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Sculpture

The Sculpture concentration provides students with their primary experience in manipulating form, structure, and space in three dimensions, while learning the expressive potential of materials. Students explore the relationship of ideas to materials and processes. The curricular approach strikes a balance between design and crafting of materials, and historical and theoretical discussions that inform the students’ understanding of their role in creating sculpture in the context of our culture. The faculty recognizes sculpture to be broadly defined and inclusive of functional forms, sculptural objects, installation, site specific, public, and performance art. Above all, the sculpture concentration encourages the students to question and focus their intentions as art makers in an atmosphere of support and rigorous exploration.

 

The introductory course in sculpture familiarizes the student with three-dimensional fabrications and form language through experience in a variety of concepts, sculpture processes, and materials, including clay, wire, cardboard, styrofoam, plaster, and wood. Initial projects focus on more specific form language and simple direct materials; later projects will encourage the student to develop more independent and diverse viewpoints, concepts, techniques, and finishes. More advanced classes introduce specific sculptural materials, tools and techniques in greater depth, for example, wood lamination, carving and fabrication. Class time is devoted to introduction to each new problem, instruction and demonstrations, studio work time, discussion, viewing slides of relevant work, and group critiques of assigned projects.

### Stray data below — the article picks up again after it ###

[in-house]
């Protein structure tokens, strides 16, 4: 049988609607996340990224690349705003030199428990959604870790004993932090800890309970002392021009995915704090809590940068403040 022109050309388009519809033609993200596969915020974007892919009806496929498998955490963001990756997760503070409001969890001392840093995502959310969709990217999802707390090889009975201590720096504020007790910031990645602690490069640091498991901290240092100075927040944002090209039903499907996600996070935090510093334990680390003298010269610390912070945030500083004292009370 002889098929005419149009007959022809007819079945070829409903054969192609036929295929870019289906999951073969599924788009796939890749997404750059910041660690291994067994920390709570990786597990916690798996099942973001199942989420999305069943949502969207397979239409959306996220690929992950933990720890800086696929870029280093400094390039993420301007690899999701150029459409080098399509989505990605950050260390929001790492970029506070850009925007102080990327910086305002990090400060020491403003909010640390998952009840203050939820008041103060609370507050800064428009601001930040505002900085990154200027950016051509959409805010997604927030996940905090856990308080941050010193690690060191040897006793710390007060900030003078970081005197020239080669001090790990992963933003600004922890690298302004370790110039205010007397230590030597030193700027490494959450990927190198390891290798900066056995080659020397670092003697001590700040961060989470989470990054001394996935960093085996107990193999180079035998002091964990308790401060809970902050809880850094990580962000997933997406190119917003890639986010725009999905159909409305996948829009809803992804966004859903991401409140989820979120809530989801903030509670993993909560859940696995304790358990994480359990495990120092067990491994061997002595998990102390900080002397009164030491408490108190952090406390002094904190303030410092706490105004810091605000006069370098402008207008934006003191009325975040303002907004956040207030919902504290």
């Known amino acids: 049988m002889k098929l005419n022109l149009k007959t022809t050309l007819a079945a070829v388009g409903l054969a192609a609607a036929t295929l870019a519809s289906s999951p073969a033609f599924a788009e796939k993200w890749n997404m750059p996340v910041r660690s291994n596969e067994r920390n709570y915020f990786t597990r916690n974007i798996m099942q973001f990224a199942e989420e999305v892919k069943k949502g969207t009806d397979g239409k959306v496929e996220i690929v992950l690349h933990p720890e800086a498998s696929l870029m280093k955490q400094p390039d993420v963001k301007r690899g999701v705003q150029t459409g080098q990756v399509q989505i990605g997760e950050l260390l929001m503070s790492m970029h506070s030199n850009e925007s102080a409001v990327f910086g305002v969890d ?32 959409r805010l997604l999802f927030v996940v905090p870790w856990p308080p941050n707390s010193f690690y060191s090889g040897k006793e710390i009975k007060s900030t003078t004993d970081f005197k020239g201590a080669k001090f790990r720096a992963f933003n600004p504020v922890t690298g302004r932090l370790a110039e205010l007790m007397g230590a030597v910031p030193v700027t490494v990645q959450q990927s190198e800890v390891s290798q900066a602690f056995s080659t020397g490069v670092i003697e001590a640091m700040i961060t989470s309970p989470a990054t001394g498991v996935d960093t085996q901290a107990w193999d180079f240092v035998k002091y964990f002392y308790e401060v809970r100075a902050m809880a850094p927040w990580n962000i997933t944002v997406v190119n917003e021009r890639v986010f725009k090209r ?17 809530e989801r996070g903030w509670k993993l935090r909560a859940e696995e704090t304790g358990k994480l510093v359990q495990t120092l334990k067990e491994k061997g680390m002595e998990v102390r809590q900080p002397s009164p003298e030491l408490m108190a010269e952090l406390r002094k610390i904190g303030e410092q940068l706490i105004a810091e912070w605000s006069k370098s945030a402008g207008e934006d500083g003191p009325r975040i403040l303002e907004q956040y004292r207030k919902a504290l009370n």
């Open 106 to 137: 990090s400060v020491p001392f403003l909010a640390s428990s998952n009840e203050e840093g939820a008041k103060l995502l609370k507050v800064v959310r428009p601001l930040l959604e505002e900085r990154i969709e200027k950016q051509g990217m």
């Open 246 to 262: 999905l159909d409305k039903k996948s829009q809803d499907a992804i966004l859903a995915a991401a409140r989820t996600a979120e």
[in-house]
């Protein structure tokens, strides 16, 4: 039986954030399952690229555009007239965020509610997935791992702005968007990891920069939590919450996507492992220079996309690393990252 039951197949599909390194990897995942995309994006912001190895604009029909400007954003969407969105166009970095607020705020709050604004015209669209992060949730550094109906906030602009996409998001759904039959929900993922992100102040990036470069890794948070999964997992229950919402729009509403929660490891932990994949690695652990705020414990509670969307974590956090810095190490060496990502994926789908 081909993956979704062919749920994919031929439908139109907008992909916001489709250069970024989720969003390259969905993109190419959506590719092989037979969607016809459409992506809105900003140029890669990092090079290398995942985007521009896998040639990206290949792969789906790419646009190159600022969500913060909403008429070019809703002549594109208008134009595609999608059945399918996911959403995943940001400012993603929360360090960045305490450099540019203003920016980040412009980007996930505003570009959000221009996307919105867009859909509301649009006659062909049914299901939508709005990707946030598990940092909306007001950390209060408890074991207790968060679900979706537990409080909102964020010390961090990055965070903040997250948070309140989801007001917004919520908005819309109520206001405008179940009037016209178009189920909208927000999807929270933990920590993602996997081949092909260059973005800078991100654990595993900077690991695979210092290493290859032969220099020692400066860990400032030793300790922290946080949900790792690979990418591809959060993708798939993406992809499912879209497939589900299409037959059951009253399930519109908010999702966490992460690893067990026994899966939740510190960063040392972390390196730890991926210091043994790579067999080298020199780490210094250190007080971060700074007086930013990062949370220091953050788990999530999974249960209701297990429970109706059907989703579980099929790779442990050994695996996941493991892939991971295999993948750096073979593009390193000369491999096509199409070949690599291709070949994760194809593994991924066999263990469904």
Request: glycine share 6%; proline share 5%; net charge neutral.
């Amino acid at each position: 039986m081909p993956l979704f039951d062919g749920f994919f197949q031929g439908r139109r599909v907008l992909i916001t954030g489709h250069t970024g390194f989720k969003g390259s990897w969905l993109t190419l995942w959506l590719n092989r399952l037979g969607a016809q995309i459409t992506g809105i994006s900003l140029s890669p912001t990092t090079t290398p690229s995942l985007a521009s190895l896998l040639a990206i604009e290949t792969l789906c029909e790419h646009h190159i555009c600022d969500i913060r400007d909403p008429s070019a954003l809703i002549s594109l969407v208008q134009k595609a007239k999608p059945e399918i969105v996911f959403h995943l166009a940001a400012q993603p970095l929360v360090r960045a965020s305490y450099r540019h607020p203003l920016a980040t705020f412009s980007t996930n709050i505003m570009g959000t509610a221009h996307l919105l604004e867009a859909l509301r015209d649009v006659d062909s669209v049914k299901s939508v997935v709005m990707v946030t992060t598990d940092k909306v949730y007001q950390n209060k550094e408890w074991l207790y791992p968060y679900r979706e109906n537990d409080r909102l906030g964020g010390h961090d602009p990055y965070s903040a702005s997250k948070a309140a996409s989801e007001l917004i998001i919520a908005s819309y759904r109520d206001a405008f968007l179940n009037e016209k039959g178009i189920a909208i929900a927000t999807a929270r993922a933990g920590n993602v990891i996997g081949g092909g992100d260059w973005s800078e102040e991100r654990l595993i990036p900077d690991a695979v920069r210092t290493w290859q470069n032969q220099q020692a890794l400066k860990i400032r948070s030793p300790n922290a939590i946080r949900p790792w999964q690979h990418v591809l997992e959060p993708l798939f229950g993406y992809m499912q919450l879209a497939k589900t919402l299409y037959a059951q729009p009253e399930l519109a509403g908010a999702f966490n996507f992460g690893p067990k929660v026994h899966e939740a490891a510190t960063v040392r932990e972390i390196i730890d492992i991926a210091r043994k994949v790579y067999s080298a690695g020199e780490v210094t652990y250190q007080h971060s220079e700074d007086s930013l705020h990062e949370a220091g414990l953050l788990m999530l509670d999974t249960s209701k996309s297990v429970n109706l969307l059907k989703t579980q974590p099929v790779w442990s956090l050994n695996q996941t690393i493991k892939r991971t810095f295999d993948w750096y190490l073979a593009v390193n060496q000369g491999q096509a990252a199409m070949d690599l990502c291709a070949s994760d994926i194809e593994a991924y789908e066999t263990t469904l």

Visual Design II students with their Egg Drop Project.
 
Catholic and Dominican

What does it mean to be a Catholic and Dominican college? We invite you to explore this question and the distinctive mission of Providence College.
About Providence College's Catholic and Dominican Identity